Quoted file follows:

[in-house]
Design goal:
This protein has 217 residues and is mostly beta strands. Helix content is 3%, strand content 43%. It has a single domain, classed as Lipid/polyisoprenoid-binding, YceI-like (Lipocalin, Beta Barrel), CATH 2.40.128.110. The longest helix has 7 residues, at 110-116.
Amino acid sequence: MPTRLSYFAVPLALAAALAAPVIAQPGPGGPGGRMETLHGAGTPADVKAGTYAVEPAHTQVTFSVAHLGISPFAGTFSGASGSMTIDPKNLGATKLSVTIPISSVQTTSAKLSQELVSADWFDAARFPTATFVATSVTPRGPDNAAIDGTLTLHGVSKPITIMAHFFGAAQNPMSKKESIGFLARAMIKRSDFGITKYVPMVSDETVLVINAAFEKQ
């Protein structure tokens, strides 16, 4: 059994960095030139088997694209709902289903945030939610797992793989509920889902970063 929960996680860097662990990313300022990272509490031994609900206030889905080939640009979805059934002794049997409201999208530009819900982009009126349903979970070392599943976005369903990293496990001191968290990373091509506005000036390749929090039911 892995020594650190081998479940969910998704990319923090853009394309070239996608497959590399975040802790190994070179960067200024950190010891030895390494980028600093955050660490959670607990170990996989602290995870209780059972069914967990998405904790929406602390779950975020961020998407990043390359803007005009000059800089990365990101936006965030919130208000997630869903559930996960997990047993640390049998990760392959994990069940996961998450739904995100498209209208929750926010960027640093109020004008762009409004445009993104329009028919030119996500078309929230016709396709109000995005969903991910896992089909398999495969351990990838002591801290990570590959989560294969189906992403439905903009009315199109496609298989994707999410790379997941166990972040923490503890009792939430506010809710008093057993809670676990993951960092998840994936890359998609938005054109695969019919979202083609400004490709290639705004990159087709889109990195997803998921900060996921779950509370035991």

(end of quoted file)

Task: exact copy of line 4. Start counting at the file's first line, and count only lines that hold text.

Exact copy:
Amino acid sequence: MPTRLSYFAVPLALAAALAAPVIAQPGPGGPGGRMETLHGAGTPADVKAGTYAVEPAHTQVTFSVAHLGISPFAGTFSGASGSMTIDPKNLGATKLSVTIPISSVQTTSAKLSQELVSADWFDAARFPTATFVATSVTPRGPDNAAIDGTLTLHGVSKPITIMAHFFGAAQNPMSKKESIGFLARAMIKRSDFGITKYVPMVSDETVLVINAAFEKQ